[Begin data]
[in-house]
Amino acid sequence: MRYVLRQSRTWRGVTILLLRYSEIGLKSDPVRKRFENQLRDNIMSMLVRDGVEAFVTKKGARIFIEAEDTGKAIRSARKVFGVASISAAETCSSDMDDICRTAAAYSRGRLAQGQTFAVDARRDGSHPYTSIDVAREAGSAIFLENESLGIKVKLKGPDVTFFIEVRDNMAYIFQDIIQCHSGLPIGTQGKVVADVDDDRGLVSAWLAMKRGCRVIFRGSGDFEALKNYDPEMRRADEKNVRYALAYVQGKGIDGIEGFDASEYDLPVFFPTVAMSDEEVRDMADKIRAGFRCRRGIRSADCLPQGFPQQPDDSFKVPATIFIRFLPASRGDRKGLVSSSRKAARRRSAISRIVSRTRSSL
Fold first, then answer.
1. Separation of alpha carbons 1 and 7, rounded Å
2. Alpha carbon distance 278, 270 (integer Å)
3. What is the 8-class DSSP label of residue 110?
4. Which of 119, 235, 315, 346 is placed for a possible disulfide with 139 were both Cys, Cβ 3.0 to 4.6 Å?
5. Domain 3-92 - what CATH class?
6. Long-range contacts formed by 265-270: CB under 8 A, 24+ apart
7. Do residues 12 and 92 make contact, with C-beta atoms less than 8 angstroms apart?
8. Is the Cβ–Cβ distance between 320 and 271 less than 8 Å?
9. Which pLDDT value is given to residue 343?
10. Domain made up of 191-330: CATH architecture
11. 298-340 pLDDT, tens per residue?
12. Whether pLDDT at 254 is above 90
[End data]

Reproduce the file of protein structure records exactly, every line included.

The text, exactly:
[in-house]
Amino acid sequence: MRYVLRQSRTWRGVTILLLRYSEIGLKSDPVRKRFENQLRDNIMSMLVRDGVEAFVTKKGARIFIEAEDTGKAIRSARKVFGVASISAAETCSSDMDDICRTAAAYSRGRLAQGQTFAVDARRDGSHPYTSIDVAREAGSAIFLENESLGIKVKLKGPDVTFFIEVRDNMAYIFQDIIQCHSGLPIGTQGKVVADVDDDRGLVSAWLAMKRGCRVIFRGSGDFEALKNYDPEMRRADEKNVRYALAYVQGKGIDGIEGFDASEYDLPVFFPTVAMSDEEVRDMADKIRAGFRCRRGIRSADCLPQGFPQQPDDSFKVPATIFIRFLPASRGDRKGLVSSSRKAARRRSAISRIVSRTRSSL
Fold first, then answer.
1. Separation of alpha carbons 1 and 7, rounded Å
2. Alpha carbon distance 278, 270 (integer Å)
3. What is the 8-class DSSP label of residue 110?
4. Which of 119, 235, 315, 346 is placed for a possible disulfide with 139 were both Cys, Cβ 3.0 to 4.6 Å?
5. Domain 3-92 - what CATH class?
6. Long-range contacts formed by 265-270: CB under 8 A, 24+ apart
7. Do residues 12 and 92 make contact, with C-beta atoms less than 8 angstroms apart?
8. Is the Cβ–Cβ distance between 320 and 271 less than 8 Å?
9. Which pLDDT value is given to residue 343?
10. Domain made up of 191-330: CATH architecture
11. 298-340 pLDDT, tens per residue?
12. Whether pLDDT at 254 is above 90